with periodic boundary condition. At the Hamiltonian is integrable by Bethe Ansatz. In our simulations we quenched from to , and looked at the statistics of as this is a quadratic observable in the fermionic setting. Our numerics shows that the fluctuations are smooth as crosses the integrable point, which indicates that the non-resonant condition is satisfied (when restricted to the relevant subspace) also at the integrable point. This indeed has to be expected from the form of the many-body energies arising from the Bethe Ansatz 777V. Gritsev, private communication.. However it is still possible that a lack of rational independence of the many-body energies, for Bethe Ansatz integrable models, will show up in a non-analytic behavior of higher cumulants of as a function of the non-integrability parameter .
In figure 4 we plot the distribution function for for various quench experiment. At the integrable point the distribution looks qualitatively different from the distribution obtained at . However further investigations are needed to ascertain whether the dependence of on is analytic at the integrable point . A lack of analyticity would be a signature of a lack of rational independence of the many-body energies.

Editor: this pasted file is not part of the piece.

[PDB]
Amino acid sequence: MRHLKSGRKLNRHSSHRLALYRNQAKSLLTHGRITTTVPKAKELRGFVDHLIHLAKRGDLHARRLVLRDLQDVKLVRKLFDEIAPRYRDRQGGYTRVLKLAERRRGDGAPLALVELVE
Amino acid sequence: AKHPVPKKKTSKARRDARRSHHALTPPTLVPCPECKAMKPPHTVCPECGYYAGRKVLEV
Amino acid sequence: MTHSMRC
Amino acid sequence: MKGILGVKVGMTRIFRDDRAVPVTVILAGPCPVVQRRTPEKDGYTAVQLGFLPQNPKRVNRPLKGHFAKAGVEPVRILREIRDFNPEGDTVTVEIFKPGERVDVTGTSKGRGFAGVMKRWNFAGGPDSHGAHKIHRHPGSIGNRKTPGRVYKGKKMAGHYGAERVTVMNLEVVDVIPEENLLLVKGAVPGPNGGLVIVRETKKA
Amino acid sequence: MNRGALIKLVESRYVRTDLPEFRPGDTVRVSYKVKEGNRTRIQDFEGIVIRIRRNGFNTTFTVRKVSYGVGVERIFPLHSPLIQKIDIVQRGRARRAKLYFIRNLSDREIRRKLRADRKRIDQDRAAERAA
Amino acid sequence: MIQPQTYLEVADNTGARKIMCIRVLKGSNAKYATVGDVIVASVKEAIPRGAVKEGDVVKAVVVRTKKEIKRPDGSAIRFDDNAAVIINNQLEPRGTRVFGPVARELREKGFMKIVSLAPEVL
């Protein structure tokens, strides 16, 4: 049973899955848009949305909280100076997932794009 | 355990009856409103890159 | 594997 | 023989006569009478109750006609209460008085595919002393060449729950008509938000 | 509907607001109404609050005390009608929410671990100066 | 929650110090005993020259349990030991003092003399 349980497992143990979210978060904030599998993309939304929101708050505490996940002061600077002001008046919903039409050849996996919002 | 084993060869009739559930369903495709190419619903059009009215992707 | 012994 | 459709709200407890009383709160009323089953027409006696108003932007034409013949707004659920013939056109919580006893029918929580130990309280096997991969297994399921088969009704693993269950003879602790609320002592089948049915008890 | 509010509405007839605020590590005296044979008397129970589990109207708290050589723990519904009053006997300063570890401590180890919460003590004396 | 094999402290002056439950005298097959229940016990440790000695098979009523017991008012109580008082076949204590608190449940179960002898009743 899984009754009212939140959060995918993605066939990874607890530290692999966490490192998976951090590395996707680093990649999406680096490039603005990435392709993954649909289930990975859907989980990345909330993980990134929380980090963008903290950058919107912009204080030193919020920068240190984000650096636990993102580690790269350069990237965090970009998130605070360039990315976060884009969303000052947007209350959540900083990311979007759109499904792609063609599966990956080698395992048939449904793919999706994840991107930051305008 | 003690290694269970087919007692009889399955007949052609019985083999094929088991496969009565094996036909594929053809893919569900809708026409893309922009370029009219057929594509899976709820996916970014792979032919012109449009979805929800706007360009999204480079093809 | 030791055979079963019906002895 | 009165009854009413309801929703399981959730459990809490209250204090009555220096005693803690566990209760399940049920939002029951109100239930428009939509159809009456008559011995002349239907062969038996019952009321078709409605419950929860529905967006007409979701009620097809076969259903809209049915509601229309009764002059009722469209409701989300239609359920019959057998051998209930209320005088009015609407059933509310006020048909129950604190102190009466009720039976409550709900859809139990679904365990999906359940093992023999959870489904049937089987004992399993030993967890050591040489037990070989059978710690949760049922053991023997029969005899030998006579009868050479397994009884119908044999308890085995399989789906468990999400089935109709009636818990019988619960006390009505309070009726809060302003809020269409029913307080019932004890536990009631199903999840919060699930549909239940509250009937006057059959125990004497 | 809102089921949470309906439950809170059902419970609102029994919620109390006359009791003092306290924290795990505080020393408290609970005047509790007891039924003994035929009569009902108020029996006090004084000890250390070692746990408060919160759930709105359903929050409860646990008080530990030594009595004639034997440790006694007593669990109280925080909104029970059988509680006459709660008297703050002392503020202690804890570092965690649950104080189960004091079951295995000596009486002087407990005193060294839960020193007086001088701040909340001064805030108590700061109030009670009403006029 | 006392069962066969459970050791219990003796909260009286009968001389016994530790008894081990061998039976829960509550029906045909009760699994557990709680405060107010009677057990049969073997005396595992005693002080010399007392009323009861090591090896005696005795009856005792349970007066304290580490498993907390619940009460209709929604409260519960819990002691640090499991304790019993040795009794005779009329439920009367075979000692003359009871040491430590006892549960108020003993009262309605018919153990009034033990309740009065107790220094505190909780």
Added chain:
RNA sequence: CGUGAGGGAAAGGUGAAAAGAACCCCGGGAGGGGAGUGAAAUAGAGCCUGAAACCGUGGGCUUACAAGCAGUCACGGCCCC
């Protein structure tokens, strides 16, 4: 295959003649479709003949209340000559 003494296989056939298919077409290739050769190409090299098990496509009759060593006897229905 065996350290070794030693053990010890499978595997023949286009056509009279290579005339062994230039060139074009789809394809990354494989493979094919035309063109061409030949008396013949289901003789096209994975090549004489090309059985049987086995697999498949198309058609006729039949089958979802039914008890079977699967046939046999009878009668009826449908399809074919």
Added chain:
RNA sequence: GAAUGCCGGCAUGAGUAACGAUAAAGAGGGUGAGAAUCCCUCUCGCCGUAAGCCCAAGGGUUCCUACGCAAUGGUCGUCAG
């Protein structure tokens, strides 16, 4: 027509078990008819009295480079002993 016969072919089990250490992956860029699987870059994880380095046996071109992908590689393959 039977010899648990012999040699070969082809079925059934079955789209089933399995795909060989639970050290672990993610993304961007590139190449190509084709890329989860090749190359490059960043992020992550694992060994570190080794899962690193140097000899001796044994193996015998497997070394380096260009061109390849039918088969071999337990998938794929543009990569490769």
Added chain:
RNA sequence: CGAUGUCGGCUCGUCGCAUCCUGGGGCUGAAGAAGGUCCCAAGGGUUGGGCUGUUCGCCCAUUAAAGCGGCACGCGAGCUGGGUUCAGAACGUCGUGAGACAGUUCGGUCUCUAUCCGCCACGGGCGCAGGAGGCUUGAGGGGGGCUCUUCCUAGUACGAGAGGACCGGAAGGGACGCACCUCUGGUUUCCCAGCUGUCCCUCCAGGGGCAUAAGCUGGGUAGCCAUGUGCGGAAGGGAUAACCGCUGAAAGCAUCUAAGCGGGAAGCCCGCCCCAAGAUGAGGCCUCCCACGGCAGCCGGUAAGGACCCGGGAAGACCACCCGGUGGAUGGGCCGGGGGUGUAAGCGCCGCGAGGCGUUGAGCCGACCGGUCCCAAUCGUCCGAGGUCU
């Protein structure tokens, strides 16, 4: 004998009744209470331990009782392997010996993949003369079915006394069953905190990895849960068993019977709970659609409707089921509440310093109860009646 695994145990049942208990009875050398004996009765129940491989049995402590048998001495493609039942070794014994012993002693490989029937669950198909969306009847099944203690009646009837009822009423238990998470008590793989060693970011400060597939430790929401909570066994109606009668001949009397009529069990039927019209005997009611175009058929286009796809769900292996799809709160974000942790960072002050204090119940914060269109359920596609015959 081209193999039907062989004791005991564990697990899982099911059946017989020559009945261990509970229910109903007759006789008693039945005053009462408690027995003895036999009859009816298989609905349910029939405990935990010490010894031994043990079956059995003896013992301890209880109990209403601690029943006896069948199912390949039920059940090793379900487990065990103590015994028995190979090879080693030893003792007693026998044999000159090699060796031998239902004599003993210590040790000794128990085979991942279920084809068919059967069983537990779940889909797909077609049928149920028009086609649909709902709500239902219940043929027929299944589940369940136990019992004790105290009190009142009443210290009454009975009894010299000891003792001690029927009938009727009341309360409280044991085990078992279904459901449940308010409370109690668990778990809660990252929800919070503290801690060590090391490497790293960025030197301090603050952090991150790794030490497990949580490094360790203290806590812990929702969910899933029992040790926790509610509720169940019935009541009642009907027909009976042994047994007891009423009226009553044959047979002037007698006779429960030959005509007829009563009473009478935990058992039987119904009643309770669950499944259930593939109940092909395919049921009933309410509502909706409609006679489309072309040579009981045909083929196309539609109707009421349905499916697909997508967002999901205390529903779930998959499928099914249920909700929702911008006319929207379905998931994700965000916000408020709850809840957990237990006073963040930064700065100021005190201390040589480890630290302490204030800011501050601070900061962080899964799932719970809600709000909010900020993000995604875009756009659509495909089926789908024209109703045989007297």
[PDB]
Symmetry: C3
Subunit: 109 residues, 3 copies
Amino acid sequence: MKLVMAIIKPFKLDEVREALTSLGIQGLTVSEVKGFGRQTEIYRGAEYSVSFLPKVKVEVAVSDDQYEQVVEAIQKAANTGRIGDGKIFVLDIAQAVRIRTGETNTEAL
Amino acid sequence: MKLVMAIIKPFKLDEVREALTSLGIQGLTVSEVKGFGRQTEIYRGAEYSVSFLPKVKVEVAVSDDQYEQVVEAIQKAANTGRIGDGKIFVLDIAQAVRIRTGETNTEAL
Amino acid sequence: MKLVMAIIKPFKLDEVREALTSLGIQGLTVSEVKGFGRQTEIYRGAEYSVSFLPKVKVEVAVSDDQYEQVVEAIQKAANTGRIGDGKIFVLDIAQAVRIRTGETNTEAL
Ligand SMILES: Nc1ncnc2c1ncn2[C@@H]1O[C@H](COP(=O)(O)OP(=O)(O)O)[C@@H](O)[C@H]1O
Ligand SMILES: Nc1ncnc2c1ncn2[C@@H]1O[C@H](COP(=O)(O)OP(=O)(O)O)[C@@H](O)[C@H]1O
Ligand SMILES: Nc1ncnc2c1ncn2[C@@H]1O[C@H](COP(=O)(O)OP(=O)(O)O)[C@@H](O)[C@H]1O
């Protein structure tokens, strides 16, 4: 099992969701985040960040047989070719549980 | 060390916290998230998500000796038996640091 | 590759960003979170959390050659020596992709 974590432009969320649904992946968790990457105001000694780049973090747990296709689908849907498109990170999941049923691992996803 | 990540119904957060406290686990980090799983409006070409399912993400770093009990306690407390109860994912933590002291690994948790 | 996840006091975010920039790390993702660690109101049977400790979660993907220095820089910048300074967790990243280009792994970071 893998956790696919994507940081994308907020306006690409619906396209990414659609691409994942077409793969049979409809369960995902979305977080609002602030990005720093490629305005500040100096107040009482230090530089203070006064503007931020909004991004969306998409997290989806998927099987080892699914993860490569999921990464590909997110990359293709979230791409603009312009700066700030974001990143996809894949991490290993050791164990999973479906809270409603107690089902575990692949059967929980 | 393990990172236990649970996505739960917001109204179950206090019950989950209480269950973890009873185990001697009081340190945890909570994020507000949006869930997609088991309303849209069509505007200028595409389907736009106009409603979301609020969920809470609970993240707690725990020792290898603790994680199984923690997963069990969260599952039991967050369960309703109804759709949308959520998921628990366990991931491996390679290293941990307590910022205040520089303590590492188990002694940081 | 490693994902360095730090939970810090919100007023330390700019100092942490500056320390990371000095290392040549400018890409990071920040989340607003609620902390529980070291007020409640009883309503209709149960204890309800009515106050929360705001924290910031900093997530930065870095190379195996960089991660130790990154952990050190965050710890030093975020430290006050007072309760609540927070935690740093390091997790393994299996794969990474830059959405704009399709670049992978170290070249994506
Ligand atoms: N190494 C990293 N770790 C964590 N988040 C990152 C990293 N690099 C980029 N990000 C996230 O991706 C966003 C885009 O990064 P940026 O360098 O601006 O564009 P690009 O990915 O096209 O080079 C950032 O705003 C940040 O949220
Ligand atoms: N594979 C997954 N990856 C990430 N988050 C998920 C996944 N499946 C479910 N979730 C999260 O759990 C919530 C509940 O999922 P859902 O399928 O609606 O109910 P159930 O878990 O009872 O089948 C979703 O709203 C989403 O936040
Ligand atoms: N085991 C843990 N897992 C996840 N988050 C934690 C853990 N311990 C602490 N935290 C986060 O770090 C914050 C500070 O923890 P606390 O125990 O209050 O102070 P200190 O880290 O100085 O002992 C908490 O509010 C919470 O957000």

In this paper we addressed the question of equilibration in quasi-free Fermi systems. The initial state is a general state while the evolution Hamiltonian as well as the observable are quadratic in the Fermi operators. While for general non-free systems the variance is typically exponentially small in the volume, we find that in the quasi-free setting (for extensive observables) both the mean and the variance are proportional to the volume. This hints at the possibility of an underlying central limit theorem, a circumstance that we termed Gaussian equilibration. In this case the properly rescaled observable becomes Gaussian in the large limit, and in general the relative error satisfies . We proved Gaussian equilibration for the magnetization in the quantum XY model assuming rational independence of the one body energies and gave evidence for a class of observables/initial states evolving with a tight-binding model. In all cases Gaussian equilibration was confirmed by numerical simulations. The key insight is a mapping of the equilibration dynamics to a generalized classical XY model at infinite temperature. As a by product we obtain a quantum setting (initial state, Hamiltonian, and observable ), such that the equilibration dynamics of gives the solution of a classical XY model in -dimension, and vice-versa.